In a Dutch news article of late February, Russia expert Helga Salemon claims that the Sputnik V corona vaccine is available in just 5 of the 85 regions of Russia. Also, she claims that the vaccine is better available for the so-called elite than for other people. These claims appear to be not completely true.
On February 3rd of 2021, the Dutch news platform ‘EenVandaag’ published an article about a possible export of 100 million doses of the Russian corona vaccine Sputnik-V to Europe. In this article, Russia analyst Helga Salemon of the Hague Centre for Strategic Studies is asked about her opinion on this topic. Mrs. Salemon claims that the corona vaccine is only available in 5 of the 85 regions in total of the Russian Federation. Furthermore, she says: “It is readily available for the elite, much more difficult for the rest”.
EenVandaag doesn’t mention the source of Salemon’s information. After having contacted Mrs.Salemon in person, it appears that she based her information on the Russian news site ‘The New Times’ (Novoye Vremya). The New Times in turn is referring to the Russian research company St. Petersburg Politics Foundation. While Salemon claims that the vaccine is only available in 5 of 85 regions in the Russian Federation, this appears to be not the whole story. The claim gives the impression that the vaccine is unavailable in the other regions of Russia. However, the availability in 5 regions refers to a high possibility of mass vaccinations. Beside those mass vaccinations, there are still 30 regions in Russia where the vaccine is available to a lower extent, as can be seen in figure 2.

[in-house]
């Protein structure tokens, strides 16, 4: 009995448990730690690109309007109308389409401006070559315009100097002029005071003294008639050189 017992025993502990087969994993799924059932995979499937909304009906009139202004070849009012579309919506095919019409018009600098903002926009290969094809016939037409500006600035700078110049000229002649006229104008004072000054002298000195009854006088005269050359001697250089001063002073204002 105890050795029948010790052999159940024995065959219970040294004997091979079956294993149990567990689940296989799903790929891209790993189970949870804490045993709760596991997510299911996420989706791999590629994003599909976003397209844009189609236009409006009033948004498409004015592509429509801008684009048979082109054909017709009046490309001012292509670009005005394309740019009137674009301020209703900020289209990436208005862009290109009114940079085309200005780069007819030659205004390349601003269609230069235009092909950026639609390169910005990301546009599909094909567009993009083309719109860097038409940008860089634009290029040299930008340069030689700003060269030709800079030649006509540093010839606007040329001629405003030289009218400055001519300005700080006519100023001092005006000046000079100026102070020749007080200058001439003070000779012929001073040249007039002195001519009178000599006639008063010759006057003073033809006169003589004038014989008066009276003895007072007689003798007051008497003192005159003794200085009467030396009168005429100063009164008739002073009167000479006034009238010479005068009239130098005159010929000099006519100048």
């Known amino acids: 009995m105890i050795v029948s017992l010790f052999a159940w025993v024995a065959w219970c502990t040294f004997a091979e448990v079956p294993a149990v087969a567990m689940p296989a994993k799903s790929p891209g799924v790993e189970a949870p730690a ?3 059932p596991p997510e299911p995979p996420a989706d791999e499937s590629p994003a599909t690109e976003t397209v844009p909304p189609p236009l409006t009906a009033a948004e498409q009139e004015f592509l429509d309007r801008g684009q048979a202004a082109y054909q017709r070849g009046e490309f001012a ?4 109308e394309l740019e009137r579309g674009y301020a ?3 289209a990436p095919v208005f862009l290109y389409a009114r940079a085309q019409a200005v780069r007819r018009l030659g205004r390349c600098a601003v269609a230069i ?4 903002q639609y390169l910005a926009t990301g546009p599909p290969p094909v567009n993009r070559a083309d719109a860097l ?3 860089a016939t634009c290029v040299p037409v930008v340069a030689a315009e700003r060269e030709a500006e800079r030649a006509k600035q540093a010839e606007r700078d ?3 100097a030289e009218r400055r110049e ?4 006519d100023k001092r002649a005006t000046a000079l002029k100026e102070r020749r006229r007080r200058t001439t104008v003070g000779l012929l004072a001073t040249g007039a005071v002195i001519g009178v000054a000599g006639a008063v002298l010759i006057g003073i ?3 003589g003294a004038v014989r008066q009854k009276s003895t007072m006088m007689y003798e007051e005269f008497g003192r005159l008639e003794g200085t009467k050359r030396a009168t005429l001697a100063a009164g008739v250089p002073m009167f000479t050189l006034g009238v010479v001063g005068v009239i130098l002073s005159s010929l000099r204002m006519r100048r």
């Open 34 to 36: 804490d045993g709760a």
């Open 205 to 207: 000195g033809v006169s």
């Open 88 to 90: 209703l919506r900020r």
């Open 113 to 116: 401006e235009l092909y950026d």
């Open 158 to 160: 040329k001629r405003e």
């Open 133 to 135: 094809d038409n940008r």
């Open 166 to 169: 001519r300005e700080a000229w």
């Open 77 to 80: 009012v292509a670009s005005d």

Furthermore, Mrs. Salemon claims that the vaccine would be available in a higher extent for a so-called elite. This term can be described as vague, as it is not clear what is meant with this term. According to the research of the St. Petersburg Politics Foundation, the vaccine is also available for teachers, doctors and social workers in a couple of regions where there is access to the vaccine to a certain extent. It is not obvious from the research that a so-called ‘elite’ would have better access to the vaccine, as can be seen in figure 3.
Russia expert Joris van Bladel, who in the past worked as an advisor for the safity commission of the Austrian ministry of Safety and Sport with special focus on Russian affairs, confirms the conclusion of this factcheck. Salemon’s claim about the availability of the Sputnik-V vaccine is largely untrue, as she is only describing the above average availability of the vaccine in 5 out of 85 regions of the Russian Federation.
In stating that the vaccine would only be available in 5 out of 85 regions in the Russian Federation, Mrs. Salemon is not making enough adjustments as it appears to be available in 35 regions to a more or less extent according to the primary source, the St. Petersburg Politics Foundation. Beside this conclusion, there cannot be found any evidence from the primary source that a so-called ‘elite’ would have better access to the vaccine. Furthermore, her initial claim which is given in the article of ‘EenVandaag’ is based on a Russian article instead of the primary source itself. According to this factual analysis, the conclusion of this factcheck is ‘mostly false’.
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RESEARCH | ARTICLE © Jan Philip Uitenbroek and Bjorn Smallenbroek, Windesheim University, Zwolle, The Netherlands